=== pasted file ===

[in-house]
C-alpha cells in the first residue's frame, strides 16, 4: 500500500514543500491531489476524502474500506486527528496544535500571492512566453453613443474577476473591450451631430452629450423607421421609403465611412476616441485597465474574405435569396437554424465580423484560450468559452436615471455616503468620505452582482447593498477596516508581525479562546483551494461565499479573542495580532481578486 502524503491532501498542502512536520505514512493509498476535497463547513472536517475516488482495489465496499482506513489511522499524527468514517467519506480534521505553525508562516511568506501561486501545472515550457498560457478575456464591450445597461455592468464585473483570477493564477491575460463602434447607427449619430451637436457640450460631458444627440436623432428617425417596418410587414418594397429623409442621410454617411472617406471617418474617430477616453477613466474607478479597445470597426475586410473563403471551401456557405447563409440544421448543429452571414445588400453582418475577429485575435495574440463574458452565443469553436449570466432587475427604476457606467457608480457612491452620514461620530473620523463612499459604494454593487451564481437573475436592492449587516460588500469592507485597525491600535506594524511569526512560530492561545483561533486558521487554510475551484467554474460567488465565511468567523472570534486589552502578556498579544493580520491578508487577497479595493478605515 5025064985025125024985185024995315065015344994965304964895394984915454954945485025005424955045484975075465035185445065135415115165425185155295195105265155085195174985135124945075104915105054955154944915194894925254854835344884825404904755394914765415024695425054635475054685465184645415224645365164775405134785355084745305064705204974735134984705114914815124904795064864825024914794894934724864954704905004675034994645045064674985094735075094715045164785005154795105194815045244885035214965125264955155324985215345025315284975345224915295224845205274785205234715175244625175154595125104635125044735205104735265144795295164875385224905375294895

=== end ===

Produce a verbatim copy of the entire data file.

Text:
[in-house]
C-alpha cells in the first residue's frame, strides 16, 4: 500500500514543500491531489476524502474500506486527528496544535500571492512566453453613443474577476473591450451631430452629450423607421421609403465611412476616441485597465474574405435569396437554424465580423484560450468559452436615471455616503468620505452582482447593498477596516508581525479562546483551494461565499479573542495580532481578486 502524503491532501498542502512536520505514512493509498476535497463547513472536517475516488482495489465496499482506513489511522499524527468514517467519506480534521505553525508562516511568506501561486501545472515550457498560457478575456464591450445597461455592468464585473483570477493564477491575460463602434447607427449619430451637436457640450460631458444627440436623432428617425417596418410587414418594397429623409442621410454617411472617406471617418474617430477616453477613466474607478479597445470597426475586410473563403471551401456557405447563409440544421448543429452571414445588400453582418475577429485575435495574440463574458452565443469553436449570466432587475427604476457606467457608480457612491452620514461620530473620523463612499459604494454593487451564481437573475436592492449587516460588500469592507485597525491600535506594524511569526512560530492561545483561533486558521487554510475551484467554474460567488465565511468567523472570534486589552502578556498579544493580520491578508487577497479595493478605515 5025064985025125024985185024995315065015344994965304964895394984915454954945485025005424955045484975075465035185445065135415115165425185155295195105265155085195174985135124945075104915105054955154944915194894925254854835344884825404904755394914765415024695425054635475054685465184645415224645365164775405134785355084745305064705204974735134984705114914815124904795064864825024914794894934724864954704905004675034994645045064674985094735075094715045164785005154795105194815045244885035214965125264955155324985215345025315284975345224915295224845205274785205234715175244625175154595125104635125044735205104735265144795295164875385224905375294895